By Cpl. Rob Knight
First published in
SFOR Informer#111, April 18, 2001
Manjaca - It is another warm, sunny spring day at
Manjaca Ranges March 16 as the MILAN anti-tank platoon from A
Company, the Second Battalion, The Princess of Wales's Royal Regiment,
based at Mrkonjic Grad Shoe Factory, prepares to destroy the T-55
tank discovered hidden at a farmhouse near the town of Prnjavor,
RS, last December.
Lance Cpl. Trev Barrett is looking forward to continuing his 100
percent record of K Kills - those that would totally
destroy the target, rather than merely disabling it.
"While I can't admit to there being any gambling going on,
it would be fair to say that there are a few beers riding on this!"
he said with a grin as the firing posts were set up.
To make the exercise a little more realistic, the troops were
required to complete a short battle run in NBC kit (Nuclear, Biological
and Chemical warfare suits) and respirators, carrying a full battle
kit plus one missile each.
Two main targets have been set up: the T-55 and a crashed mini-bus
as well as a number of silhouette targets, all at the maximum
safe peacetime range of 1,750 metres.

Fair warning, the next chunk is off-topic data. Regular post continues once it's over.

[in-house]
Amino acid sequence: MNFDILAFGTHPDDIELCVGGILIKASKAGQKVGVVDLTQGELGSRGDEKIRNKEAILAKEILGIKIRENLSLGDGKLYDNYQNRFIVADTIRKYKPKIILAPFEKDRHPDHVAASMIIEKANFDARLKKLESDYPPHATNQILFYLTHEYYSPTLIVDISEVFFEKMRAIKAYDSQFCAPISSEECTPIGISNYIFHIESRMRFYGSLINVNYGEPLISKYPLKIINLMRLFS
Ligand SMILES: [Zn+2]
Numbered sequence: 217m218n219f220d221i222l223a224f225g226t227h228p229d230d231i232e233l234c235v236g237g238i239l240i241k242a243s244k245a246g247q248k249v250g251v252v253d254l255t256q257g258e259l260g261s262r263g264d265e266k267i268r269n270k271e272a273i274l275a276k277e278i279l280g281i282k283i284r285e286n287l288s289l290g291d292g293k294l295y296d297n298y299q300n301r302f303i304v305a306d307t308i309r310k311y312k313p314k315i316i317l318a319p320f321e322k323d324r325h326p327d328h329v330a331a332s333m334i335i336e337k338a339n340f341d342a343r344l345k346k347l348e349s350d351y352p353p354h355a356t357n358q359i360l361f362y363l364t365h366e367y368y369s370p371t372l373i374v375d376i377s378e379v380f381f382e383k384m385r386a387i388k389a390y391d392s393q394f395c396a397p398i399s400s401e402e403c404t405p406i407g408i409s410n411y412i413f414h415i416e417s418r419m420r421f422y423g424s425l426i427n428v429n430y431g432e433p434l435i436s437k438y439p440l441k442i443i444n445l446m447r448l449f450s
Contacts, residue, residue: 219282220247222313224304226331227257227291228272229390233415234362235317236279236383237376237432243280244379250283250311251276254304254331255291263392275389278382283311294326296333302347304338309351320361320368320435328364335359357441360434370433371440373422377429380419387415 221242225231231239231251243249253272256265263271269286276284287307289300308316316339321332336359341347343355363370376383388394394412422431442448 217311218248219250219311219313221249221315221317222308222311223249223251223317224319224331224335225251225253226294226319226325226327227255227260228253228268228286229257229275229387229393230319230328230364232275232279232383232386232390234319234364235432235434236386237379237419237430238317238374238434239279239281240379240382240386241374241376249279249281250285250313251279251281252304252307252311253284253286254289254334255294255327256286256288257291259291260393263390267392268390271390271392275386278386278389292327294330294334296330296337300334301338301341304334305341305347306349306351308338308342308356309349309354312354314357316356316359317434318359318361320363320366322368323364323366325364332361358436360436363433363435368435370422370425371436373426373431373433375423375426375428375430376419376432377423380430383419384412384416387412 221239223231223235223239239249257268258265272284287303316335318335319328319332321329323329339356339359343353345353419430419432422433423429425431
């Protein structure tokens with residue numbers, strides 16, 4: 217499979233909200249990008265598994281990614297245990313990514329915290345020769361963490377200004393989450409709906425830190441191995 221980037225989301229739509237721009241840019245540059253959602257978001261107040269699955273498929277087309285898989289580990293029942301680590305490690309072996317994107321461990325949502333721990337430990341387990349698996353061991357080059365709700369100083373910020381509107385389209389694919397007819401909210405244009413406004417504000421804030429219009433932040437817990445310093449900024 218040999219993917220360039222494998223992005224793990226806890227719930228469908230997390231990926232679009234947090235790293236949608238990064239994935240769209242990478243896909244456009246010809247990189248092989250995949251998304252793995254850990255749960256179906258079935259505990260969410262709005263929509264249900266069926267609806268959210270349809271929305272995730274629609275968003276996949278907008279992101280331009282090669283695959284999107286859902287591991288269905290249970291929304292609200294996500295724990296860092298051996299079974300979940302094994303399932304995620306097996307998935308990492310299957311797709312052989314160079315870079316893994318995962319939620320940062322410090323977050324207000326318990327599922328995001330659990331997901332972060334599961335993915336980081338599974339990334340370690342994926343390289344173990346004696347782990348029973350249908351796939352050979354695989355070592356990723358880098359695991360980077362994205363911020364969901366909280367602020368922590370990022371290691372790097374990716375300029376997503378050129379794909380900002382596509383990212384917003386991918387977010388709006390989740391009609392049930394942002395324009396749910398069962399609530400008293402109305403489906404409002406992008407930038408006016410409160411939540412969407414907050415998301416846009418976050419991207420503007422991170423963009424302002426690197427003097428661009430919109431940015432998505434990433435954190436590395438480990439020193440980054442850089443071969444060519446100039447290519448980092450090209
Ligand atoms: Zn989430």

Barrett's first missile snaked away down range, the hissing roar
of the rocket motor echoing around the valley. The bright white
flare of the missile's exhaust betrayed its position as it made
its final dive onto the target - as a deception technique, the
missiles are deliberately aimed off-target to avoid alerting the
crew until the last moment when it's too late to evade.
The missile scored a hit just above the track, below the armoured
skirt of the tank; a brief puff of dirty grey smoke followed a
few moments later by a dull 'crump' as the sound of the warhead's
detonation reached the soldiers. It's a K Kill - the
warhead penetrated through to the crew compartment - had the vehicle
been carrying a full load of ammunition and fuel, there would
have been a huge explosion. Instead, the remnants of the crew's
seats, some oily rags and whatever lubricants and residual fuel
remained began to burn, dull orange flames and greasy black smoke
curled into the sky.
In all, four more missiles found their mark on the tank's hull
and Barrett was a happy man. "I won't have to spend any money
in the bar for about the next two weeks," he said as he laughed.
Nations of SFOR: UK
Training and Exercises